G5RV antenna

The G5RV antenna is a dipole with a symmetric resonant[1] feeder line, which serves as impedance matcher for a 50 Ω coax cable to the transceiver.[2][3]

G5RV Antenna without balun.


Louis Varney (G5RV) invented this antenna in 1946.[4] It is very popular in the United States.[5] The antenna can be erected as horizontal dipole, as sloper, or an inverted-V antenna. With a transmatch, it can operate on all HF amateur radio bands (3.5–30 MHz).[5][6]


The dipole elements are 15.55 metres (51.0 ft) and the impedance-matching symmetric feedline (ladder-line or twin-lead) can be either 300 Ω (8.84 metres or 29.0 feet) or 450 Ω (10.36 metres or 34.0 feet).[7] As is in general the case for all electric antennas, the height of the G5RV above the ground should be at least half of the longest wavelength to be used.[1]

The ends of the symmetric feedline can be soldered directly onto a 50 Ω coax cable to the transceiver,[2] however this is not good practice and should be avoided: It can result in high current flow on the outer surface of the coax braid, causing RF interference and degrading the polarization and gain of the antenna. In his article, Varney recommended placing a balanced matching network at the end of the ladder line, instead of a direct cable connection. With no matching unit, Varney specified 75 Ω cable be used at the junction of the ladder line and coax (not 50 Ω); the higher 75 Ω impedance makes a closer match the end of the ladder line. An earth-grounded 4:1 voltage balun may be used to connect the coax to the ladder line, and 1:1 current balun should be used between the coax and the transmitter.[8] Several sources point out that a current balun not only prevents RF interference, but also reduces receive noise.[9][better source needed] A length of at least 20 metres (66 ft) of 75 Ω (50 Ω) cable is recommended for operation without a balun.[10][11]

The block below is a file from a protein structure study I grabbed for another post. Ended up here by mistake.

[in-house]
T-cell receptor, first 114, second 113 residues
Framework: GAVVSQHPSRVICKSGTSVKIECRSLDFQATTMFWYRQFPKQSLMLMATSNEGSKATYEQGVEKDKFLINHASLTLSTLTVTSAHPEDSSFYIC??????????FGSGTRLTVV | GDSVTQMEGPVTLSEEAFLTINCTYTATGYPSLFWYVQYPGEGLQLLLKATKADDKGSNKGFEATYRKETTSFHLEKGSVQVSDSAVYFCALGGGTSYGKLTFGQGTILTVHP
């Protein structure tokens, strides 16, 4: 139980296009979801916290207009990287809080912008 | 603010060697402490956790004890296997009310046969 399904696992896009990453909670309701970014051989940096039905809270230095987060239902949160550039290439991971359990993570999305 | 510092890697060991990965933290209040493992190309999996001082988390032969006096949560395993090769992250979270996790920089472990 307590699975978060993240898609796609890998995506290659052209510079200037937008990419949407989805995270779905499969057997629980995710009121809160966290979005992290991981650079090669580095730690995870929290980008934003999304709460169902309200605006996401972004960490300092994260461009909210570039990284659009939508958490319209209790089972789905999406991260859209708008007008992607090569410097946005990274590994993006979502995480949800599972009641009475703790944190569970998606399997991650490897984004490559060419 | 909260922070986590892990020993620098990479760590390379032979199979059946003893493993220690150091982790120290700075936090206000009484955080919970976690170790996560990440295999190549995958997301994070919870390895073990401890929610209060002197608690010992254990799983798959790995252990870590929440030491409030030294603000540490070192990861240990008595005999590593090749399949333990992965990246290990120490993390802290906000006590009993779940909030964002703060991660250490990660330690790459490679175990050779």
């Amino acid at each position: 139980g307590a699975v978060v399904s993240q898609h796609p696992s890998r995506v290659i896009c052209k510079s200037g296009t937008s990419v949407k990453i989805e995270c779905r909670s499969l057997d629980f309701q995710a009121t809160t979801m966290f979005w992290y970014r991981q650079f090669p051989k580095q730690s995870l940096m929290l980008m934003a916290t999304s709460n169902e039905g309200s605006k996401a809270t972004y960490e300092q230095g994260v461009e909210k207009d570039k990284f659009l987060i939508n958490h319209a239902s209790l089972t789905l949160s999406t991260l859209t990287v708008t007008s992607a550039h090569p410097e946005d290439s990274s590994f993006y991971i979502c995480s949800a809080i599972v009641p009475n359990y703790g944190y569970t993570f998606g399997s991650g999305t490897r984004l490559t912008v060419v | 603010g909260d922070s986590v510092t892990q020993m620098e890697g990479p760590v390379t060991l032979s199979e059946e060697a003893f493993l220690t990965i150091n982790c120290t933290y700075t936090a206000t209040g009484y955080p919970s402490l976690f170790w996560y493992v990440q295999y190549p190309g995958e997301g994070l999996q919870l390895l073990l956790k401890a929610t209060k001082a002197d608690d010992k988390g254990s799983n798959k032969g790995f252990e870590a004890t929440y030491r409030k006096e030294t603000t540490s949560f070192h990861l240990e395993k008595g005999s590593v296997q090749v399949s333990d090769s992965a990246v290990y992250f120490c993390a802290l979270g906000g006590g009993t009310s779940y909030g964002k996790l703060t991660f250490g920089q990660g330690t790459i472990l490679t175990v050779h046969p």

A transmatch (antenna tuner) is not required to use this antenna near its nominal design frequency of 14 MHz, and judicious length adjustments can sometimes include one other frequency band. All other frequencies require a transmatch.[citation needed] There are many variants of the G5RV antenna. Two variations of the G5RV design, called ZS6BKW and W0BTU, can match several more amateur bands between 3.5–28 MHz without a transmatch.[12][13]


  1. ^ a b HF Antennas for all locations (L. Moxon, G6XN)
  2. ^ a b G5RV multi-band antenna (Louis Varney, G5RV) http://www.astrosurf.com/luxorion/qsl-g5rv.htm
  3. ^ The G5RV Multiband Antenna ... Up-to-Date (L. Varney, G5RV in The ARRL Antenna Compendium Vol. 1)
  4. ^ (Heys, J. (G3BDQ). Practical Wire Antennas - Effective HF Designs for the Radio Amateur
  5. ^ a b American Radio Relay League. ARRL Antenna Book, 21st ed. Chapter 7
  6. ^ de Maw, D. (W1FB). Novice Antenna Notebook
  7. ^ Carr, J. Practical Antenna Handbook (4th ed.).
  8. ^ Maxwell, Walter (2010). Reflections III: Transmission lines & antennas.
  9. ^ Olsen, David (VK4MDX) (15 February 2009). "Part 1". What I learned from building my own G5RV / ZS6BKW antenna. vk4mdx.wordpress.com (personal website). Archived from the original on 1 March 2013. Retrieved 12 January 2013.
  10. ^ Haerle, J.M. HF Antenna Systems: The easy way.
  11. ^ Rüegger, M. (HB9ACC) (24 May 2008). "Rund um die Antenne" [All about antennas] (in German).
  12. ^ "Truth about the G5RV antenna and two other improved alternatives to this basic design". w0btu.com. Comtech Research. 2015. Archived from the original on 2019-03-28. Retrieved 2017-11-27.
  13. ^ Vincent, M. (G3UKV). "The ZS6BKW multiband HF antenna revisited" (PDF). ab4oj.com.